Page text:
Twenty-seven of the 31 North Koreans who strayed into the South Korean waters aboard a fishing boat a month ago, are stuck in limbo ― Pyongyang refuses to take them back unless Seoul sends them all. The other four desire to remain in the South. Is Pyongyang throwing tantrums when it says the South is holding them against their will?
When South Korean officials took the 27 North Koreans to the truce village of Panmunjeom on the Friday morning, North Korea refused to take them, demanding that the entire crew be sent back along with the fishing boat. North Korea had not responded to repeated telephone calls until it told the South Korean officials shortly before 4 p.m., the time when the truce village is usually closed, to wait longer. When it sent its final message of the day at 6 p.m., all it did was repeat its previous demand
It is not the first time that members of a group of North Korean fishermen have defected to the South after straying into the South Korean waters. On those occasions, Pyongyang took the rest without much ado. As such, Friday’s episode undoubtedly had South Korean officials scratching their heads.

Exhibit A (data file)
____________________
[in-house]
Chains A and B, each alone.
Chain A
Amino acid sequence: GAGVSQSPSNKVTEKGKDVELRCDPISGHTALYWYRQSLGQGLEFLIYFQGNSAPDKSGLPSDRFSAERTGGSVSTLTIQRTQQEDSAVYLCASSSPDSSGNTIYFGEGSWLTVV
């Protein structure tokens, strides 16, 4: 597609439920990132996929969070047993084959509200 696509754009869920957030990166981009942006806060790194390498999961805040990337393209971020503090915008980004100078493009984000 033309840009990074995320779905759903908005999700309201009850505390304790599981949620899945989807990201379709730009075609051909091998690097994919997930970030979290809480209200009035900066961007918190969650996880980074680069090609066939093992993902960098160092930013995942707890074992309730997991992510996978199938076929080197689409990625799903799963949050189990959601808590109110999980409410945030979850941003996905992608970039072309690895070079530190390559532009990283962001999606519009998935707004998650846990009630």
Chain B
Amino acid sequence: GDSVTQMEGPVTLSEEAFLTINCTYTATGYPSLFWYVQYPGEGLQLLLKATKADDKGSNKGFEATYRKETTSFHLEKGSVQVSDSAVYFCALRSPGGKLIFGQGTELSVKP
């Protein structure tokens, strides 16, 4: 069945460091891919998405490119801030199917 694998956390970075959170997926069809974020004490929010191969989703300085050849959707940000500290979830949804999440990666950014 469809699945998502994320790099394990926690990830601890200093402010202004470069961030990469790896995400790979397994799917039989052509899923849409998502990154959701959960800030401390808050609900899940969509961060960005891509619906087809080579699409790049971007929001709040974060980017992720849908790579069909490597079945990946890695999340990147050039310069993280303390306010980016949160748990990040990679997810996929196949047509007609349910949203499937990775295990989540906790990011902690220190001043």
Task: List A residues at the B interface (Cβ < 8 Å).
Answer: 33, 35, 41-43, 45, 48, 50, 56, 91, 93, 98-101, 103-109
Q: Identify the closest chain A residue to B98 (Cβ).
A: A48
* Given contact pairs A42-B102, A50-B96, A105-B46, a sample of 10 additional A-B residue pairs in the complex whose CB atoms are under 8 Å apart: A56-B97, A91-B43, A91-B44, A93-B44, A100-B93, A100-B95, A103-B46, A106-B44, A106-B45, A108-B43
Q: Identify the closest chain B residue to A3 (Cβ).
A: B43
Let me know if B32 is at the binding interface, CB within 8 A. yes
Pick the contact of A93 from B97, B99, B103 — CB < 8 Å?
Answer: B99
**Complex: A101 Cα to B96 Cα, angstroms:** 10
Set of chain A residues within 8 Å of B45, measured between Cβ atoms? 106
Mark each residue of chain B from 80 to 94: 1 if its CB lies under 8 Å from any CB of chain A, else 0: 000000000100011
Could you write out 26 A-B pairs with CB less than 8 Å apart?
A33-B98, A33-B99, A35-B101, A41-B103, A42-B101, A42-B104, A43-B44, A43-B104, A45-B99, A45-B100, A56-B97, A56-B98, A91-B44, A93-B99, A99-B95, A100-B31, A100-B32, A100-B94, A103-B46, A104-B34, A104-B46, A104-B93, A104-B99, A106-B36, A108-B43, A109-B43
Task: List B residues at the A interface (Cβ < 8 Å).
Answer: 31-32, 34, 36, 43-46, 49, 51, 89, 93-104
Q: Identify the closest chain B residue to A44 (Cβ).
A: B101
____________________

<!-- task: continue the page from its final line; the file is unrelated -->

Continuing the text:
But the handling of the 31 North Koreans has been anything but unblemished. Two days after they were taken into South Korean custody, the military said all of them desired to go back to the North. But on Thursday, the South Korean government announced that four of them wanted to remain in the South. Hindsight shows greater caution was needed.
Apparently, the North Koreans changed their mind after being exposed to a free and prosperous society, as explained by South Korean officials. If the North has any doubt, all it needs to do is send an official to confirm their wishes.